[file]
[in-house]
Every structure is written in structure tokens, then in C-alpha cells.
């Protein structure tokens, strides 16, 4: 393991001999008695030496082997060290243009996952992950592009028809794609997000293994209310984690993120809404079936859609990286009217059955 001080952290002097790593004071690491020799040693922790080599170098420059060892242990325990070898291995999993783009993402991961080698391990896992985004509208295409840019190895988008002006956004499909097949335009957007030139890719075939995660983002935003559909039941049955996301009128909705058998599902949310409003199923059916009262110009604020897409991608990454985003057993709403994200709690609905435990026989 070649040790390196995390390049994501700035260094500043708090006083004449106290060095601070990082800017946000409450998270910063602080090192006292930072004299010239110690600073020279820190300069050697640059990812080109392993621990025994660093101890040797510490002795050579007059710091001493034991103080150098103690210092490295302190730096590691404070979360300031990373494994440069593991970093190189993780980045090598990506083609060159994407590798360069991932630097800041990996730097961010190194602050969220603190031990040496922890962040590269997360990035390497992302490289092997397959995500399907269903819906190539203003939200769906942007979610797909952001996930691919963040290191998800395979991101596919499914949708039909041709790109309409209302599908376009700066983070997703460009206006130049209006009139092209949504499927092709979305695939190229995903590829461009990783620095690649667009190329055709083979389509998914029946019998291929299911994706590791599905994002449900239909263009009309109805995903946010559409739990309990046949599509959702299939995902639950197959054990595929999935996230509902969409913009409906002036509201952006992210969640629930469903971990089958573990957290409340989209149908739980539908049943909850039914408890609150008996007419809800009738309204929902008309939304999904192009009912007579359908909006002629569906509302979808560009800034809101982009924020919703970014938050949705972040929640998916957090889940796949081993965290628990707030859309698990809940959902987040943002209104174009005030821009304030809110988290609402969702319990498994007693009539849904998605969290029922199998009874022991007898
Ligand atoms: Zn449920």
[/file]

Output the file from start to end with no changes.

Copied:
[in-house]
Every structure is written in structure tokens, then in C-alpha cells.
């Protein structure tokens, strides 16, 4: 393991001999008695030496082997060290243009996952992950592009028809794609997000293994209310984690993120809404079936859609990286009217059955 001080952290002097790593004071690491020799040693922790080599170098420059060892242990325990070898291995999993783009993402991961080698391990896992985004509208295409840019190895988008002006956004499909097949335009957007030139890719075939995660983002935003559909039941049955996301009128909705058998599902949310409003199923059916009262110009604020897409991608990454985003057993709403994200709690609905435990026989 070649040790390196995390390049994501700035260094500043708090006083004449106290060095601070990082800017946000409450998270910063602080090192006292930072004299010239110690600073020279820190300069050697640059990812080109392993621990025994660093101890040797510490002795050579007059710091001493034991103080150098103690210092490295302190730096590691404070979360300031990373494994440069593991970093190189993780980045090598990506083609060159994407590798360069991932630097800041990996730097961010190194602050969220603190031990040496922890962040590269997360990035390497992302490289092997397959995500399907269903819906190539203003939200769906942007979610797909952001996930691919963040290191998800395979991101596919499914949708039909041709790109309409209302599908376009700066983070997703460009206006130049209006009139092209949504499927092709979305695939190229995903590829461009990783620095690649667009190329055709083979389509998914029946019998291929299911994706590791599905994002449900239909263009009309109805995903946010559409739990309990046949599509959702299939995902639950197959054990595929999935996230509902969409913009409906002036509201952006992210969640629930469903971990089958573990957290409340989209149908739980539908049943909850039914408890609150008996007419809800009738309204929902008309939304999904192009009912007579359908909006002629569906509302979808560009800034809101982009924020919703970014938050949705972040929640998916957090889940796949081993965290628990707030859309698990809940959902987040943002209104174009005030821009304030809110988290609402969702319990498994007693009539849904998605969290029922199998009874022991007898
Ligand atoms: Zn449920």